Edward F. Edinger
|Archetype of the Apocalypse|
A Jungian Study of the Book of Revelation
Edinger's profound interpretation of the Book of Revelation is itself a revelation of the hidden meaning in the disorder of the contemporary world. This is a work of wisdom and clarity. To enter into the millennium with greater understanding, read this book!
|Ego & Archetype|
Individuation and the Religious Function of the Psyche
Ego and Archetype emphasizes that (1) God is directly experienced within, at the core of the human psyche, that (2) spiritual maturation requires a radical shift away from narrow ego focus and towards subordination of the ego to God-within and that (3) maturation is accomplished only if the individual squarely faces and confesses the almost unbearable inadequacies, pretensions and selfishness of the unguided ego. While Ego and Archetype deals with the themes of sin, repentance and atonement, the theories advanced are naturalistic and not religion-bound. Edward Edinger elaborates on these themes masterfully, and any reader who considers them to be at the heart of the human condition will cherish this book.
|Melville's Moby Dick - An American Nekyia|
An American Nekyia (Studies in Jungian Psychology by Jungian Analysts, No 69)
The great American novel Moby-Dick describes symbolically Herman Melville's stormy spiritual voyage. It is also a profound expression of Western civilization in transition. Edinger approaches Moby-Dick as a psychological document, a symbolic record of an intense inner experience which, like a dream, needs interpretation and elaboration of its images for their meaning to emerge fully. Central to Edinger's insightful commentary is the concept of nekyia, signifying a descent to the underworld - that is, an encounter with the unconscious. Thus, the subtitle of this work underscores the correspondence between the deep internal struggle from which Melville's masterpiece emerged and the hidden complexities within us all.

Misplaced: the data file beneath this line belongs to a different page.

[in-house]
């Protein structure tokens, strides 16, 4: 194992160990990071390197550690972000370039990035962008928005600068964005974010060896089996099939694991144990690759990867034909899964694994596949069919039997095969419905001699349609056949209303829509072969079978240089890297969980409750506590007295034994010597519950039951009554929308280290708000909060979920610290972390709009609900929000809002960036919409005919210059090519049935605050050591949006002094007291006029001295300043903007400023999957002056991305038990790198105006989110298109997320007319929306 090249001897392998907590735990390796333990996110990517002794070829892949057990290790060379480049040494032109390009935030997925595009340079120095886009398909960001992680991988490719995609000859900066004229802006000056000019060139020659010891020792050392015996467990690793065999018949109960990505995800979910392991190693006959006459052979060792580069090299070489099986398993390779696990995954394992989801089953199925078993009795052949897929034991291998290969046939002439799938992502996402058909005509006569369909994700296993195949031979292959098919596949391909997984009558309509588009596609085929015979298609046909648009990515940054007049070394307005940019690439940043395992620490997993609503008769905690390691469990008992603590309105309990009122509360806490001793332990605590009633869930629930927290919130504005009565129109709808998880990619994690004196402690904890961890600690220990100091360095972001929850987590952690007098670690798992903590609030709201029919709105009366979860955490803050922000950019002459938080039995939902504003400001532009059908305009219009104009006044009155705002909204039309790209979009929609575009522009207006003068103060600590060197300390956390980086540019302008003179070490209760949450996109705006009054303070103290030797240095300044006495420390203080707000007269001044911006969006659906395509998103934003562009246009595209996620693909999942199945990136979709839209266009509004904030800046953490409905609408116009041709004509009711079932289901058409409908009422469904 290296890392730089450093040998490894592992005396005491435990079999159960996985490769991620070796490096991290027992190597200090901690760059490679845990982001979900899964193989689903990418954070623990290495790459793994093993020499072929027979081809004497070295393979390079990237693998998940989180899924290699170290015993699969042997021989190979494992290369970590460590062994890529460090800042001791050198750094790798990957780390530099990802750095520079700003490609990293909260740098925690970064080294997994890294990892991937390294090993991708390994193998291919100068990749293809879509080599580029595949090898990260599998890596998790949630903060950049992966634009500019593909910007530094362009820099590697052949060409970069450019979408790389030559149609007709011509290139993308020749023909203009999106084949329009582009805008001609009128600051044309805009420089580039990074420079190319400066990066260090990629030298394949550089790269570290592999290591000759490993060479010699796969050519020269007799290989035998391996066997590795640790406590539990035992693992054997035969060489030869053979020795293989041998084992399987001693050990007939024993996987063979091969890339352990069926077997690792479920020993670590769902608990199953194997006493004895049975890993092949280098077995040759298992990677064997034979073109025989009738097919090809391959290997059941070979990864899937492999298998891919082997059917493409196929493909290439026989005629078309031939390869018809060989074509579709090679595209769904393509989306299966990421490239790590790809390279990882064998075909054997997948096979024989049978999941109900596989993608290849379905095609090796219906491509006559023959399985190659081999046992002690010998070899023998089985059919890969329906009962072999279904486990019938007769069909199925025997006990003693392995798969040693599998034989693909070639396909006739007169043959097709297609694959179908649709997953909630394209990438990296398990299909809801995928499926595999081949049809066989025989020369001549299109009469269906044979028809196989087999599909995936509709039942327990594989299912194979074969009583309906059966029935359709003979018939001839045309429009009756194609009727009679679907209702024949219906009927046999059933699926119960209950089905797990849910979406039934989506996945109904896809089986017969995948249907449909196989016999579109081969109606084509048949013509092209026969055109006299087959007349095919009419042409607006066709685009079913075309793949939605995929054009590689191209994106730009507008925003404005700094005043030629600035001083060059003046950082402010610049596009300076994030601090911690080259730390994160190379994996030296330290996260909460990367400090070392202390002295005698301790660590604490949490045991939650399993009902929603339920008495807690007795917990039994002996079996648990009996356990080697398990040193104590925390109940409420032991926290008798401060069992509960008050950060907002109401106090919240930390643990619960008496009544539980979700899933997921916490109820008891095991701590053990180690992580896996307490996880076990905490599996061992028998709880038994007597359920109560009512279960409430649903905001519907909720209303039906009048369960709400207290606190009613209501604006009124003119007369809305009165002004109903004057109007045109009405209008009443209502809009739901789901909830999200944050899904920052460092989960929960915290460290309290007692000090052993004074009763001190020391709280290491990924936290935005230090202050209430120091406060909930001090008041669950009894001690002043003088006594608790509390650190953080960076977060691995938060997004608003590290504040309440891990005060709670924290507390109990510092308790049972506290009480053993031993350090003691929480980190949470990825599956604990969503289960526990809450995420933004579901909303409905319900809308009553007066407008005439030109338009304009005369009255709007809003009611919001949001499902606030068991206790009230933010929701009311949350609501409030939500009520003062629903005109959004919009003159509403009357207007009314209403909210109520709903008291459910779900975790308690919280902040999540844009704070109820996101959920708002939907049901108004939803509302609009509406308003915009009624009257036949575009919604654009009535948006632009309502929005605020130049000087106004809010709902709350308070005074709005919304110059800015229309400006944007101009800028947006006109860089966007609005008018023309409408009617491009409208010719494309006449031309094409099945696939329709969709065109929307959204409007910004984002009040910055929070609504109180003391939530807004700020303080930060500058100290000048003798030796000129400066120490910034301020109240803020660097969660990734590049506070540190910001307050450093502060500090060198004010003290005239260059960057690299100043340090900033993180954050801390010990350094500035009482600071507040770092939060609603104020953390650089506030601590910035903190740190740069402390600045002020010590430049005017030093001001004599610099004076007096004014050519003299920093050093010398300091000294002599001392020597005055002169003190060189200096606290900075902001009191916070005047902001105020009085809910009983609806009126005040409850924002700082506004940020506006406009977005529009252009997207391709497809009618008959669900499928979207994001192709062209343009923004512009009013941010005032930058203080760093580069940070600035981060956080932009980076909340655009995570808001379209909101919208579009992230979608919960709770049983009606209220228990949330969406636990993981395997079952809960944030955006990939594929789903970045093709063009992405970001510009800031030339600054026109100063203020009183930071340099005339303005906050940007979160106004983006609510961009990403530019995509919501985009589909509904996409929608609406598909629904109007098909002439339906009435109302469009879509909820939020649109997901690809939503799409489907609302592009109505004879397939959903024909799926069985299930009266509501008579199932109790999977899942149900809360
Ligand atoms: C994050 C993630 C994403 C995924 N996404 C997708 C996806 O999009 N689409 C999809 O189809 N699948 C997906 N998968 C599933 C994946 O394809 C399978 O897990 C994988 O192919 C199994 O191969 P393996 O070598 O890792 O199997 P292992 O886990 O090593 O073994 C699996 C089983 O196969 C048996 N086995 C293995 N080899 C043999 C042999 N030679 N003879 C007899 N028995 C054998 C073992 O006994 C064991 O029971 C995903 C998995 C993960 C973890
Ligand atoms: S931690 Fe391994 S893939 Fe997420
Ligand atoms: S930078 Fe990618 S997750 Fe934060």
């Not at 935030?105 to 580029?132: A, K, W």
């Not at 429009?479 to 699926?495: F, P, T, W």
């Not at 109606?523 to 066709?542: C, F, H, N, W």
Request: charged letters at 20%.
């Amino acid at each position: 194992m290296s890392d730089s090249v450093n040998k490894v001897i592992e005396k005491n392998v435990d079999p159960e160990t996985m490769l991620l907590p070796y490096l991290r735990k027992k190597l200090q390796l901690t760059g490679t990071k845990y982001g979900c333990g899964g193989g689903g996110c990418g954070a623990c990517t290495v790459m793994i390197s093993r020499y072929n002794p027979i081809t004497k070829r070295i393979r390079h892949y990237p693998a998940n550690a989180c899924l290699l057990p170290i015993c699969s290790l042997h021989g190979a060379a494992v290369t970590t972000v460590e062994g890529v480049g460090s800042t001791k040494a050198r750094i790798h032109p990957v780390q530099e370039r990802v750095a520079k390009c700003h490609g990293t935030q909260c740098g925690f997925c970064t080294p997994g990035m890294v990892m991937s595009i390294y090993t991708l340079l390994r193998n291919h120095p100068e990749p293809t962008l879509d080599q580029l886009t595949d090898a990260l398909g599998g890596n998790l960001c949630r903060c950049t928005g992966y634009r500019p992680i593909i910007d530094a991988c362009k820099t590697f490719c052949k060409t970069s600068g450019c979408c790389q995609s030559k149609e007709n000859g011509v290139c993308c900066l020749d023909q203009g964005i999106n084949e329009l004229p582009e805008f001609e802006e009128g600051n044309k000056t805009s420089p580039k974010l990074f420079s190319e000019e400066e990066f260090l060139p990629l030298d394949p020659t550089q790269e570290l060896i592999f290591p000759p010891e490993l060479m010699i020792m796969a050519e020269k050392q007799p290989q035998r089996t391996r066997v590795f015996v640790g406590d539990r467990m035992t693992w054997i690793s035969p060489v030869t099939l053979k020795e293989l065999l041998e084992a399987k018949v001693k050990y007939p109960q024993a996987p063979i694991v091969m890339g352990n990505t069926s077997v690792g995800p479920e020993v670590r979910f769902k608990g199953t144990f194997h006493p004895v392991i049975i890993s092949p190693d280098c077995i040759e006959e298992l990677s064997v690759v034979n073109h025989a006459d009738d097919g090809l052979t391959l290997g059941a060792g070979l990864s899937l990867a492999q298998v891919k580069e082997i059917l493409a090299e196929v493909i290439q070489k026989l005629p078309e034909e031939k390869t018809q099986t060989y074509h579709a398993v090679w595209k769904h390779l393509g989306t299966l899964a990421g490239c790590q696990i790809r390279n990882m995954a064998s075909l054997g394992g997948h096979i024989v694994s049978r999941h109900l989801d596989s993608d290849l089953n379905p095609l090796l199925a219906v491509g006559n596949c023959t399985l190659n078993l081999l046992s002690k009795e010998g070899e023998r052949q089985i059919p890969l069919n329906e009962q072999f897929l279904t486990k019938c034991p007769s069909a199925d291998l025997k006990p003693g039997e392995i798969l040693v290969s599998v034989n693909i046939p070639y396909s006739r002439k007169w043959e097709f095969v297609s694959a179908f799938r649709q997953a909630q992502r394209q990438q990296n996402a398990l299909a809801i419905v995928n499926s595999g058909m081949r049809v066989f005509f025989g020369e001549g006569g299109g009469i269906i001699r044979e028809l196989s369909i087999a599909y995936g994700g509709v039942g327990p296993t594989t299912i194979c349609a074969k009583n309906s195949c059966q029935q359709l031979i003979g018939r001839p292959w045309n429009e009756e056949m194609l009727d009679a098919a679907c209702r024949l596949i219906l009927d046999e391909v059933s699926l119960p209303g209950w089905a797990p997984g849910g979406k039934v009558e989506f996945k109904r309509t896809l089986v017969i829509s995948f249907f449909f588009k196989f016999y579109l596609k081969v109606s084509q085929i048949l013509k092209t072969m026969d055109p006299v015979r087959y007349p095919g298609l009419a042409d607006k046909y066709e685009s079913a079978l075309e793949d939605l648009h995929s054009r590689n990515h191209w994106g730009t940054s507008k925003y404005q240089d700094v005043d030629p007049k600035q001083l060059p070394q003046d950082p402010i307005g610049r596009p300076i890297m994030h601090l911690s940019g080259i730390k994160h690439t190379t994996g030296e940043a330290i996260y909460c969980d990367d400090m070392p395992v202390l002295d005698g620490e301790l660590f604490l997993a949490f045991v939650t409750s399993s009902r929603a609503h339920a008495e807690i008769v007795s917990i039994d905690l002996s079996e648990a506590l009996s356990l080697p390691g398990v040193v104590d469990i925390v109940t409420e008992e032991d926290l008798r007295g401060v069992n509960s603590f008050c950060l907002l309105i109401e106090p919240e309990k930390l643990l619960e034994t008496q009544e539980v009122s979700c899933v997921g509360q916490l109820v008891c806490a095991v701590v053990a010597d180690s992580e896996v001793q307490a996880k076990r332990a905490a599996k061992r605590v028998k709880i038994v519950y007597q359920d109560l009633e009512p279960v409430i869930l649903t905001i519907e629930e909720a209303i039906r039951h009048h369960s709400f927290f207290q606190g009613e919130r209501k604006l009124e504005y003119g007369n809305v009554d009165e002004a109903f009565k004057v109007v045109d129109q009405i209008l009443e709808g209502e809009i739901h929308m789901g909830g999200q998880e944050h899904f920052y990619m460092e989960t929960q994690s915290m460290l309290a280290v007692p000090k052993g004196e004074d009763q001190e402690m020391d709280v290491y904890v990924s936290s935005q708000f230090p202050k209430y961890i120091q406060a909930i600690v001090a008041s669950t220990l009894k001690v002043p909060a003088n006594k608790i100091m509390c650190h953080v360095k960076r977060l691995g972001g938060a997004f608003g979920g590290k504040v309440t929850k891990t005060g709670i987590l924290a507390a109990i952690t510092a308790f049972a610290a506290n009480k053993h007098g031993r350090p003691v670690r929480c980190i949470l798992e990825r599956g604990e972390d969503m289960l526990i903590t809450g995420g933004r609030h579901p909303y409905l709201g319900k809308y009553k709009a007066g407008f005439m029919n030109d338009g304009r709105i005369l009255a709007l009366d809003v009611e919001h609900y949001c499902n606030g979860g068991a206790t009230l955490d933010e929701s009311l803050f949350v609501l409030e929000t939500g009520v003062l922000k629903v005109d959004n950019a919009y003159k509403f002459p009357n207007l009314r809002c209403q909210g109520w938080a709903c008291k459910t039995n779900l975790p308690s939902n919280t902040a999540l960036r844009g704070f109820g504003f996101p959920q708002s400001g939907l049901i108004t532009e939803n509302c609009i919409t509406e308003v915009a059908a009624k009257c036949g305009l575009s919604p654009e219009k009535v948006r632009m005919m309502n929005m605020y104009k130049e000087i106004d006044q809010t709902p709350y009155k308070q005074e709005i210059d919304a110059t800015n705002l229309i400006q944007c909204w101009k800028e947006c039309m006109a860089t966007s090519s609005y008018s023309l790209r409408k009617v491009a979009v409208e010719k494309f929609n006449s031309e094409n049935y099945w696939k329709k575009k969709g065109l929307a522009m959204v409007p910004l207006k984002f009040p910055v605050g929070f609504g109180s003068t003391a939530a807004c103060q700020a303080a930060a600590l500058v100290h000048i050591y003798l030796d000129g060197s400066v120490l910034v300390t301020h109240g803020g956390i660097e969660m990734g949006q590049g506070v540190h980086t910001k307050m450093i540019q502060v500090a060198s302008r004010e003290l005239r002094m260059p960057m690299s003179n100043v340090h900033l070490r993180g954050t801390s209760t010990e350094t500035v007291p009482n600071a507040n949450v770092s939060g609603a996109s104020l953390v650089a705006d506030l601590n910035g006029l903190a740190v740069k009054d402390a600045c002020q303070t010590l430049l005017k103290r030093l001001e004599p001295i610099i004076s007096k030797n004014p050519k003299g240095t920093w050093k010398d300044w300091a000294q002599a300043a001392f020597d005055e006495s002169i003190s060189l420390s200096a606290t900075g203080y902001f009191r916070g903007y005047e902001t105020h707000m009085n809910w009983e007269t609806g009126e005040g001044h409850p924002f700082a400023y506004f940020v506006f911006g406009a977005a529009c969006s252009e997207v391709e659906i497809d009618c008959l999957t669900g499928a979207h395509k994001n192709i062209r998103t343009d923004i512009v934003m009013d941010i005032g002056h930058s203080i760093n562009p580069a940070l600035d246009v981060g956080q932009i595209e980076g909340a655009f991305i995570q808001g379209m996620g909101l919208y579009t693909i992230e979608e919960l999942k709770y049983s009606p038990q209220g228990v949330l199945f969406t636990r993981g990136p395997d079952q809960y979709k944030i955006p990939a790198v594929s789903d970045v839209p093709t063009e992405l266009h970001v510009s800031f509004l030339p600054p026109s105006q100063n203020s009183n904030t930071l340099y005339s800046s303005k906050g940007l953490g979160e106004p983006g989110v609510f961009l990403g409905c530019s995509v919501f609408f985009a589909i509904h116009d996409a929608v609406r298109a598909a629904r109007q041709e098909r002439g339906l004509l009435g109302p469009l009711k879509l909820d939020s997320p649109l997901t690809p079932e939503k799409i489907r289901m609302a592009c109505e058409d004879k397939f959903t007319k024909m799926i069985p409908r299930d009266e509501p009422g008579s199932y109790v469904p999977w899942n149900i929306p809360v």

|The Bible and the Psyche|
Individuation Symbolism in the Old Testament (Studies in Jungian Psychology No. 24)
Explores Biblical lore as a self-revelation of the objective psyche and a rich compendium of archetypal images representing humanity's successive encounters with the numinosum. Many examples from dreams and practice.
|The Christian Archetype|
A Jungian Commentary on the Life of Christ (Studies in Jungian Psychology by Jungian Analysts, No 28)
Carl Jung said "What happens in the life of Christ happens always and everywhere. In the Christian archetype all lives of this kind are prefigured. " The Christian Archetype presents a much-needed psychological interpretation of images and events central to the Christian myth, which may be understood symbolically in terms of the individuation of modern men and women. The process of individuation, when it befalls a person, may lead to salvation or calamity. The reader will find in the pages of The Christian Archetype an ordered and grpahic amplifiction of this archetypal process. In prose and in pictures carefully selected from traditional Christian art, Edward Edinger illustrates some essential stages (from Annunciation through Crucifixion to Resurrection) both in the life of Christ and in those who by choice or fate become immersed in their own psychological destiny. The Christian Archetype is a valuable addition to the growing body of Jungian literature.
|Transformation of the God-Image|
An Elucidation of Jung's Answer to Job (Studies in Jungian Psychology by Jungian Analysts, No 54)
Answer to Job, dealing with the transformation of God through human consciousness, contains the kernel, the essence, of the Jungian myth. This study of it, both erudite and down-to-earth, thoughtful and heartfelt, evokes that essence with unequaled clarity and power. Edited transcripts of seminars given at the C.G. Jung Institute of Los Angeles, 1989.
Last Updated: 12/21/2001 14:20\n